Because genuine worship can have such a profound impact on unbelievers, we need to be very sensitive to their fears, hang-ups, and needs when they are present in our worship services.

This is the principle Paul taught in 1 Corinthians 14:23. Paul commanded that tongues be limited in public worship.

His reasoning? Speaking in tongues seems like foolishness to unbelievers. Paul didn’t say tongues were foolish but only that they appear foolish to unbelievers.

"So if the whole church comes together and everyone speaks in tongues, and some who do not understand or some unbelievers come in, will they not say that you are out of your mind?” (1 Cor. 14:23)

I believe there is a larger principle behind this advice to the Corinthian church. The point Paul is making is that we must be willing to adjust our worship practices when unbelievers are present. God tells us to be sensitive to the hang-ups of unbelievers in our services! Being seeker-sensitive in our worship is a biblical command. I didn’t think up this concept; Paul did!

Making worship understandable
Making a service “comfortable” for the unchurched doesn’t mean changing your theology. It means changing the environment of the service - such as changing the way you greet visitors, the style of music you use, the Bible translation you preach from, and the kind of announcements you make in the service.

The message is not always comfortable. In fact, sometimes God’s truth is very uncomfortable! Still we must teach “the whole counsel of God.” Being seeker-sensitive does not limit what you say but it will affect how you say it.

We must make both the worship and the message understandable.

At Pentecost, the Holy Spirit miraculously translated the message into words each person understood. The crowd of unbelievers said, “We hear them telling in our own languages about the great things God has done!” Acts 2:11 (NCV)

This caused them to be converted. Even though God’s presence was evident in the service, they wouldn’t have known what to do if they hadn’t been able to understand the message.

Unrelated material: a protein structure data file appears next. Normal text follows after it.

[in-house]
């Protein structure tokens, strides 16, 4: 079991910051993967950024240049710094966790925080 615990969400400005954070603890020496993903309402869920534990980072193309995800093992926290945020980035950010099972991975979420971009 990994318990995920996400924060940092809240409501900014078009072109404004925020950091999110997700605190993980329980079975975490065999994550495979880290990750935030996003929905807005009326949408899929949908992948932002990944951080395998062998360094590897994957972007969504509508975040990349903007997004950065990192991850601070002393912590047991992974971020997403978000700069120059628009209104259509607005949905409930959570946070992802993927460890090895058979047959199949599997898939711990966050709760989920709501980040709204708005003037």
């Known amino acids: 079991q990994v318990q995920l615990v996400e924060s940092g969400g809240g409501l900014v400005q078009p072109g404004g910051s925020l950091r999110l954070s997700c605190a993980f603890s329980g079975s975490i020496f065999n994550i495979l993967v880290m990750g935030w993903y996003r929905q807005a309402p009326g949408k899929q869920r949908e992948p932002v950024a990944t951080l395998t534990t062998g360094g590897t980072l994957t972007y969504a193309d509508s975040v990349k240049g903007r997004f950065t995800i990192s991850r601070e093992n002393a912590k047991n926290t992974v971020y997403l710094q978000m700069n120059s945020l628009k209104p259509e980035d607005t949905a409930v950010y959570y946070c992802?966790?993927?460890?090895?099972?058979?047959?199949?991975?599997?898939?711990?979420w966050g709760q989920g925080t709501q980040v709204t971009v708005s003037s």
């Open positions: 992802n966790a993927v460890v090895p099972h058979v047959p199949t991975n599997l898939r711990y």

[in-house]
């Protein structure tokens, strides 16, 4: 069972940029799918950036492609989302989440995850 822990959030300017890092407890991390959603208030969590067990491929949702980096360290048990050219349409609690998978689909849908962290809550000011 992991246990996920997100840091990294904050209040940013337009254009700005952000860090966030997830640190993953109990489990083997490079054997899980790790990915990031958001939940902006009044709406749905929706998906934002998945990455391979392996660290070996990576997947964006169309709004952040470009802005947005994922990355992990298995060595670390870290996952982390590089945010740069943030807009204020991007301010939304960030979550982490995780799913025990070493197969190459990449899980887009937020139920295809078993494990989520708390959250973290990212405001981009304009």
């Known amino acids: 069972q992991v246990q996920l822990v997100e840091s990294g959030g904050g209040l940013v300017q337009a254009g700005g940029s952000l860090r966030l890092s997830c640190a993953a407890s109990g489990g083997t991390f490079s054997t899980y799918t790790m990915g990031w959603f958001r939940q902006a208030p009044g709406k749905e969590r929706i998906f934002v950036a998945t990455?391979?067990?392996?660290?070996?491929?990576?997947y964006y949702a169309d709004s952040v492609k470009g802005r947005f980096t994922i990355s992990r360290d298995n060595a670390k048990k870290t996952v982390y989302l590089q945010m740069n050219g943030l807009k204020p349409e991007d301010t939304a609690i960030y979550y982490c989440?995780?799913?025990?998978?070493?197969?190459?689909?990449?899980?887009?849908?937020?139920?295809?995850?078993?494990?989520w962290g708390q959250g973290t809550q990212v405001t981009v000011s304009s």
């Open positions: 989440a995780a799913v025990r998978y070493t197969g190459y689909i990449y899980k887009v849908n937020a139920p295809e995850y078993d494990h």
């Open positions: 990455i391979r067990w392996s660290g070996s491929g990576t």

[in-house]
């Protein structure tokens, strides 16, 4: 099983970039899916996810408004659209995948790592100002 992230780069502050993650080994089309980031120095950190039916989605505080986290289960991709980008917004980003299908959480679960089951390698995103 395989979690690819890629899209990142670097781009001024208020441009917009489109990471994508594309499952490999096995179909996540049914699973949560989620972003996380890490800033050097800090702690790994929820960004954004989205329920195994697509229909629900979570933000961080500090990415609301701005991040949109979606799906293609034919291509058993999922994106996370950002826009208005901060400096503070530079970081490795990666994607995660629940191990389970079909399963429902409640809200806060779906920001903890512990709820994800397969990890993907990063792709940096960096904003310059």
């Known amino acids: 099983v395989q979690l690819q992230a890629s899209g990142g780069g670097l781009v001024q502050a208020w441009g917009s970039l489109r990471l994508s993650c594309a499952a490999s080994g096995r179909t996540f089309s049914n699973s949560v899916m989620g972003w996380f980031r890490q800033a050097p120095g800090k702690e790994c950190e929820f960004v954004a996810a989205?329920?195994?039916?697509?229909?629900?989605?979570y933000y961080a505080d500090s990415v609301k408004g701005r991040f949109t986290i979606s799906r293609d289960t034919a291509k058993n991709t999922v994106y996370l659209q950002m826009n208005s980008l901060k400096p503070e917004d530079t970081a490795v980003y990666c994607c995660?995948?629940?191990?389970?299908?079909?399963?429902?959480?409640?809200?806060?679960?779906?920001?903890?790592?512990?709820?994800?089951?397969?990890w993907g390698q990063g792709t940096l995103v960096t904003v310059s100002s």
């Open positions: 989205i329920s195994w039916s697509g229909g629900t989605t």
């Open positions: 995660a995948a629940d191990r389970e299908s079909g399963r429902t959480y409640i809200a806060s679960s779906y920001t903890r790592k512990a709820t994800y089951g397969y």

The unchurched are not asking for a watered-down message. The unchurched expect to hear the Bible when they come to church. They just want to hear how it relates to their lives. They can handle a clear, biblical message when it is delivered in terms they understand and in a tone that shows you respect and care about them. They are looking for solutions, not a scolding.

A clear message coupled with genuine worship will not only attract unbelievers, it will open their hearts to the power of the gospel. As they feel God’s presence and understand the message they will walk away changed.

Worship, then, becomes much more than seeker-friendly. It becomes a source of joy to our God.

Until next week,

Rick

This article is adapted from Rick Warren’s book, The Purpose Driven Church.

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Rick Warren is the founding pastor of Saddleback Church in Lake Forest, Calif., one of America's largest and best-known churches. In addition, Rick is author of the New York Times bestseller The Purpose-Driven Life and The Purpose-Driven Church, which was named one of the 100 Christian books that changed the 20th Century. He is also founder of Pastors.com, a global Internet community for ministers. Copyright 2005 Pastors.com, Inc. Used with permission. All rights reserved.